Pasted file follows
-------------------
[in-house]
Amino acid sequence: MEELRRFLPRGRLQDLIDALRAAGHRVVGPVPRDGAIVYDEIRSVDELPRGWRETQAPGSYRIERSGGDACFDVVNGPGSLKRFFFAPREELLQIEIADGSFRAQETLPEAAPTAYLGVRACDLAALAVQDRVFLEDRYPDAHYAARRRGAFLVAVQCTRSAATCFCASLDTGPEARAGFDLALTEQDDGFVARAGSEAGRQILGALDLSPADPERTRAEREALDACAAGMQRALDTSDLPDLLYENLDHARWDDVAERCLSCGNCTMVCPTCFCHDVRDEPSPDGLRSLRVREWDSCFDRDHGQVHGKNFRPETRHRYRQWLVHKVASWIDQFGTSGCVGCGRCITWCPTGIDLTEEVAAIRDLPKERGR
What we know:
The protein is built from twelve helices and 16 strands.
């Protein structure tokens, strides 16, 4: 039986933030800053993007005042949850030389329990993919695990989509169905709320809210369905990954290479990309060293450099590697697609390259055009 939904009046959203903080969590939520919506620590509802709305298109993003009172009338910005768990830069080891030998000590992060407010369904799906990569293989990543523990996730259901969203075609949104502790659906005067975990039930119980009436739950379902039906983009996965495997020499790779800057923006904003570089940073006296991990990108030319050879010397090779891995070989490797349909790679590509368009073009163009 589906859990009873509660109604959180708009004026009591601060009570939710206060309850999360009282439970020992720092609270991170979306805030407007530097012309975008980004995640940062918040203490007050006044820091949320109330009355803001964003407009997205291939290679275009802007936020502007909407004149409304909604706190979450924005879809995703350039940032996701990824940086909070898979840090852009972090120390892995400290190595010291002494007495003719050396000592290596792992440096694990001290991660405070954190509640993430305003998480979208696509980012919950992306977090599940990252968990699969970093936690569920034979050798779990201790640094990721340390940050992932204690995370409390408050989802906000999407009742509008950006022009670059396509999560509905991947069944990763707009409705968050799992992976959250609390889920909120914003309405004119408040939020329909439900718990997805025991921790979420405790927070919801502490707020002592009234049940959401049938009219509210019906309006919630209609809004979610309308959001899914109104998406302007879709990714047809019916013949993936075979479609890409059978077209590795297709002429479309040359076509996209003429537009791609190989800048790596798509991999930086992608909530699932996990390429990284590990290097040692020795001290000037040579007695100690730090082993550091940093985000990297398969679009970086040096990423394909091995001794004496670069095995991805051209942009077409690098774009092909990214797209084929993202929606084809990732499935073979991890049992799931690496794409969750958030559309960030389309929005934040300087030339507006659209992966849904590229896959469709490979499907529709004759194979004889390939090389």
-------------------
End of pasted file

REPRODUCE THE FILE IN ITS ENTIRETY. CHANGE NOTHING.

[in-house]
Amino acid sequence: MEELRRFLPRGRLQDLIDALRAAGHRVVGPVPRDGAIVYDEIRSVDELPRGWRETQAPGSYRIERSGGDACFDVVNGPGSLKRFFFAPREELLQIEIADGSFRAQETLPEAAPTAYLGVRACDLAALAVQDRVFLEDRYPDAHYAARRRGAFLVAVQCTRSAATCFCASLDTGPEARAGFDLALTEQDDGFVARAGSEAGRQILGALDLSPADPERTRAEREALDACAAGMQRALDTSDLPDLLYENLDHARWDDVAERCLSCGNCTMVCPTCFCHDVRDEPSPDGLRSLRVREWDSCFDRDHGQVHGKNFRPETRHRYRQWLVHKVASWIDQFGTSGCVGCGRCITWCPTGIDLTEEVAAIRDLPKERGR
What we know:
The protein is built from twelve helices and 16 strands.
């Protein structure tokens, strides 16, 4: 039986933030800053993007005042949850030389329990993919695990989509169905709320809210369905990954290479990309060293450099590697697609390259055009 939904009046959203903080969590939520919506620590509802709305298109993003009172009338910005768990830069080891030998000590992060407010369904799906990569293989990543523990996730259901969203075609949104502790659906005067975990039930119980009436739950379902039906983009996965495997020499790779800057923006904003570089940073006296991990990108030319050879010397090779891995070989490797349909790679590509368009073009163009 589906859990009873509660109604959180708009004026009591601060009570939710206060309850999360009282439970020992720092609270991170979306805030407007530097012309975008980004995640940062918040203490007050006044820091949320109330009355803001964003407009997205291939290679275009802007936020502007909407004149409304909604706190979450924005879809995703350039940032996701990824940086909070898979840090852009972090120390892995400290190595010291002494007495003719050396000592290596792992440096694990001290991660405070954190509640993430305003998480979208696509980012919950992306977090599940990252968990699969970093936690569920034979050798779990201790640094990721340390940050992932204690995370409390408050989802906000999407009742509008950006022009670059396509999560509905991947069944990763707009409705968050799992992976959250609390889920909120914003309405004119408040939020329909439900718990997805025991921790979420405790927070919801502490707020002592009234049940959401049938009219509210019906309006919630209609809004979610309308959001899914109104998406302007879709990714047809019916013949993936075979479609890409059978077209590795297709002429479309040359076509996209003429537009791609190989800048790596798509991999930086992608909530699932996990390429990284590990290097040692020795001290000037040579007695100690730090082993550091940093985000990297398969679009970086040096990423394909091995001794004496670069095995991805051209942009077409690098774009092909990214797209084929993202929606084809990732499935073979991890049992799931690496794409969750958030559309960030389309929005934040300087030339507006659209992966849904590229896959469709490979499907529709004759194979004889390939090389």